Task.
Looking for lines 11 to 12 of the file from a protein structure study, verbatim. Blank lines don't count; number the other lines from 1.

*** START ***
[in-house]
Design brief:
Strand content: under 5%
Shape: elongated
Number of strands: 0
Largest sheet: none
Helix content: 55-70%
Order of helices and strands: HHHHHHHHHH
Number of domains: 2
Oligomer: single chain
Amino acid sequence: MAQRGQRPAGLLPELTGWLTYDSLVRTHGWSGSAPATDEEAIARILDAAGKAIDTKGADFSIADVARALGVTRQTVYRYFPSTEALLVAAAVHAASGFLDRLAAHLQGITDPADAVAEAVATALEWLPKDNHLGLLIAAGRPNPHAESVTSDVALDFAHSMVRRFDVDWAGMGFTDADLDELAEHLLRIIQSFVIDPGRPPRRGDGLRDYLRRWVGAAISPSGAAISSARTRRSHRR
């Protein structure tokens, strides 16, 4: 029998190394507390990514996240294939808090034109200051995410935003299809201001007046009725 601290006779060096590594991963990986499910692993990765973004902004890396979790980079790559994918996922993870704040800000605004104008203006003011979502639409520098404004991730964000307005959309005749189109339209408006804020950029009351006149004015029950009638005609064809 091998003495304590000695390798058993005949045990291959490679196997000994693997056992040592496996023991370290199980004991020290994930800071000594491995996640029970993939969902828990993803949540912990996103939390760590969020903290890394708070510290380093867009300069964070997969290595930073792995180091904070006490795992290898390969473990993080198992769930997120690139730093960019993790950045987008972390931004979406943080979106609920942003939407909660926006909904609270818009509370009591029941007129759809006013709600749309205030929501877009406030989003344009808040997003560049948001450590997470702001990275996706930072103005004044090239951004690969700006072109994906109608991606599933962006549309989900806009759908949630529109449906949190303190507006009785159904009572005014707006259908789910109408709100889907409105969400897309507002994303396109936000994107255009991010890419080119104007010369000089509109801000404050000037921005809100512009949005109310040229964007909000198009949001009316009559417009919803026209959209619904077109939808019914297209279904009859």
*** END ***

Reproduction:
Amino acid sequence: MAQRGQRPAGLLPELTGWLTYDSLVRTHGWSGSAPATDEEAIARILDAAGKAIDTKGADFSIADVARALGVTRQTVYRYFPSTEALLVAAAVHAASGFLDRLAAHLQGITDPADAVAEAVATALEWLPKDNHLGLLIAAGRPNPHAESVTSDVALDFAHSMVRRFDVDWAGMGFTDADLDELAEHLLRIIQSFVIDPGRPPRRGDGLRDYLRRWVGAAISPSGAAISSARTRRSHRR
């Protein structure tokens, strides 16, 4: 029998190394507390990514996240294939808090034109200051995410935003299809201001007046009725 601290006779060096590594991963990986499910692993990765973004902004890396979790980079790559994918996922993870704040800000605004104008203006003011979502639409520098404004991730964000307005959309005749189109339209408006804020950029009351006149004015029950009638005609064809 091998003495304590000695390798058993005949045990291959490679196997000994693997056992040592496996023991370290199980004991020290994930800071000594491995996640029970993939969902828990993803949540912990996103939390760590969020903290890394708070510290380093867009300069964070997969290595930073792995180091904070006490795992290898390969473990993080198992769930997120690139730093960019993790950045987008972390931004979406943080979106609920942003939407909660926006909904609270818009509370009591029941007129759809006013709600749309205030929501877009406030989003344009808040997003560049948001450590997470702001990275996706930072103005004044090239951004690969700006072109994906109608991606599933962006549309989900806009759908949630529109449906949190303190507006009785159904009572005014707006259908789910109408709100889907409105969400897309507002994303396109936000994107255009991010890419080119104007010369000089509109801000404050000037921005809100512009949005109310040229964007909000198009949001009316009559417009919803026209959209619904077109939808019914297209279904009859």